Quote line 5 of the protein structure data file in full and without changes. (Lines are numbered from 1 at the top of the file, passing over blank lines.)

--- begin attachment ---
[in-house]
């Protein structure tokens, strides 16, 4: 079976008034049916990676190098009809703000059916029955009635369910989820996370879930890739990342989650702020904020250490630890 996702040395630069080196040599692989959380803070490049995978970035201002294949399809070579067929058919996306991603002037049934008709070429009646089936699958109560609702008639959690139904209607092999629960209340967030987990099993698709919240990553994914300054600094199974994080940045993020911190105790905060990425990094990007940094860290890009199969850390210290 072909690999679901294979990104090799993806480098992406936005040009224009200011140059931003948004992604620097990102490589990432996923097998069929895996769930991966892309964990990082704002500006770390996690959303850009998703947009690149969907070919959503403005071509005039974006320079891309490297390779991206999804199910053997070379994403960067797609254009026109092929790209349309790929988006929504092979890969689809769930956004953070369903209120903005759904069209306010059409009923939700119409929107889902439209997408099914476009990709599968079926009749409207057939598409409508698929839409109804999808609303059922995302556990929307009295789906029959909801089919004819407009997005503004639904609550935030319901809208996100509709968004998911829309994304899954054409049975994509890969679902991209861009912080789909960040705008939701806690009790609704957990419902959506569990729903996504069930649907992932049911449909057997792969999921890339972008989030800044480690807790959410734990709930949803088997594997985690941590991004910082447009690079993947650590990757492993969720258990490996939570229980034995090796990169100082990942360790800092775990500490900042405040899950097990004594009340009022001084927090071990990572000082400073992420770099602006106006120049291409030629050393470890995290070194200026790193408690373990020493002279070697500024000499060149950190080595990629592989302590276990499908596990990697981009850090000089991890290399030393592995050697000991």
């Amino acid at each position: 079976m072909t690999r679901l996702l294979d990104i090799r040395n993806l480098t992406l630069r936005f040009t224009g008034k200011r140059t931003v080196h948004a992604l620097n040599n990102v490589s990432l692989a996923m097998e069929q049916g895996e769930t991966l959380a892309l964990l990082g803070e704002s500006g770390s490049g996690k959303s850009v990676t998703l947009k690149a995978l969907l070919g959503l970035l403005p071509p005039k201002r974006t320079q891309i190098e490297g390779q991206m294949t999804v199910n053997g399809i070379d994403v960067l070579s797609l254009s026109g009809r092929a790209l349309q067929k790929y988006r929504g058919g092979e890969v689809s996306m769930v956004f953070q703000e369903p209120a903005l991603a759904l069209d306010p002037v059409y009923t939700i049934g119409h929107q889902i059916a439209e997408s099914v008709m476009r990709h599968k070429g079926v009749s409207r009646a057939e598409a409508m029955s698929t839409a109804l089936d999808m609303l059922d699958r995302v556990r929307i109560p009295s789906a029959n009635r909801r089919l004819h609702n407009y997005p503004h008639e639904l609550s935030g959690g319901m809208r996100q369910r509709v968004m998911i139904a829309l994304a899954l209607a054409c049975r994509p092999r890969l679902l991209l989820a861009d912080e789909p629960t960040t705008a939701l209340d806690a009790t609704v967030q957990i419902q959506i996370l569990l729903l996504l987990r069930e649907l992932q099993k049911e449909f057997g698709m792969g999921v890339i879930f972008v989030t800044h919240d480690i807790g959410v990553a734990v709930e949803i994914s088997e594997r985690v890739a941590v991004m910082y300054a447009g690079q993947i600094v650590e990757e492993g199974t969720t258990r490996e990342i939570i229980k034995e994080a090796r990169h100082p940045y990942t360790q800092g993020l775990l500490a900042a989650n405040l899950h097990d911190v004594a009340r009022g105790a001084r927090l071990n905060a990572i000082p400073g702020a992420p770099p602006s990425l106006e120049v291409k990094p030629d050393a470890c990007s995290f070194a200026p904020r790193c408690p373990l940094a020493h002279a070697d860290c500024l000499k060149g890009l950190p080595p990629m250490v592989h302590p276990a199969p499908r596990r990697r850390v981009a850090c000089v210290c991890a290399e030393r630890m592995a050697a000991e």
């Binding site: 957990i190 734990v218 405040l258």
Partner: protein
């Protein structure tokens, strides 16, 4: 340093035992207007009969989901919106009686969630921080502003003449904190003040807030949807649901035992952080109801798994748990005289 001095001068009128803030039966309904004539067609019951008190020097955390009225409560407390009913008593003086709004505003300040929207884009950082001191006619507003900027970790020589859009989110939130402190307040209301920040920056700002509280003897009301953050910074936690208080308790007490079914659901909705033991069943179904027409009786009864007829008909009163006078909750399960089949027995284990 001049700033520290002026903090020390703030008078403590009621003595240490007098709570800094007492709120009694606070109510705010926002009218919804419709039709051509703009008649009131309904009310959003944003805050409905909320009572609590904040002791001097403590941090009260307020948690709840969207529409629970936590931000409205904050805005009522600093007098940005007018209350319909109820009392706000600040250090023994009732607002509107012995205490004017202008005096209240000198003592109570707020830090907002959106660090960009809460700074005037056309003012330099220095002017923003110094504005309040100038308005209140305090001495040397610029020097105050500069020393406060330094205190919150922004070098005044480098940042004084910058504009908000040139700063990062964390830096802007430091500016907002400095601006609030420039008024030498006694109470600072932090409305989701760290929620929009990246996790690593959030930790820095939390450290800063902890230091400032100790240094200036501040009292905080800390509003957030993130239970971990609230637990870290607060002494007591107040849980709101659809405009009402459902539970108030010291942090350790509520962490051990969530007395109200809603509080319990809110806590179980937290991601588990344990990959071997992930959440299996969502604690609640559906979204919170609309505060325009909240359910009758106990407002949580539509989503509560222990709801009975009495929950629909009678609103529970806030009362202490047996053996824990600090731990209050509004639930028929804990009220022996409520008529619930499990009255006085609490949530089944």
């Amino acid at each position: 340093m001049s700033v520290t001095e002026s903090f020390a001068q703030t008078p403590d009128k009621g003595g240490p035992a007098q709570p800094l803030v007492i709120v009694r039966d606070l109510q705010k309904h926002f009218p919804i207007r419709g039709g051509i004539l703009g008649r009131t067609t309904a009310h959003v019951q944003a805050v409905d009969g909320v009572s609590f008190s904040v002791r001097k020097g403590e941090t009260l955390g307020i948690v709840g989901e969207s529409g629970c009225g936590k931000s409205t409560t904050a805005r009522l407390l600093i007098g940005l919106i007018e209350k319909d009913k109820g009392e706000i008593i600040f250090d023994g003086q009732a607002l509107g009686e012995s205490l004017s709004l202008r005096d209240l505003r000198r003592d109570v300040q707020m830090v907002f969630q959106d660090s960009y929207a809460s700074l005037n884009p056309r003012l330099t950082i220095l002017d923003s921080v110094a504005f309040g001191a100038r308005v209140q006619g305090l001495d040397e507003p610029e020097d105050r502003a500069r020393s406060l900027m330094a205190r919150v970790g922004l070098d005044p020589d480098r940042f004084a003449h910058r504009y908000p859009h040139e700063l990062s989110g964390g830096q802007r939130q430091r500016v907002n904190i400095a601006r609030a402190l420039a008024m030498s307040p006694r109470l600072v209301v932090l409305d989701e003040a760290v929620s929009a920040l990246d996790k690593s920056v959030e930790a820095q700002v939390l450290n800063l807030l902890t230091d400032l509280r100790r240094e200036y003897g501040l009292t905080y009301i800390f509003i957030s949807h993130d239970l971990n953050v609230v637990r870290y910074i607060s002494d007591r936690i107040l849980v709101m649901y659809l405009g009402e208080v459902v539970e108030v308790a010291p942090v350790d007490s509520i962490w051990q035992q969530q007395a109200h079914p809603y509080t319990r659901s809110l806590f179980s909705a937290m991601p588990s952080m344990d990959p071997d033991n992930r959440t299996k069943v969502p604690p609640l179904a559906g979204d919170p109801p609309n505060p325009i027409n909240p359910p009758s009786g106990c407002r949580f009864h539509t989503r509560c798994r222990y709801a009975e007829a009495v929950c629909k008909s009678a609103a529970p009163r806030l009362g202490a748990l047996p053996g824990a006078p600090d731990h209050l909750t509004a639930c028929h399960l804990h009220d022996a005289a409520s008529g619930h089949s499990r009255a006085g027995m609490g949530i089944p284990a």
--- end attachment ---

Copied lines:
Partner: protein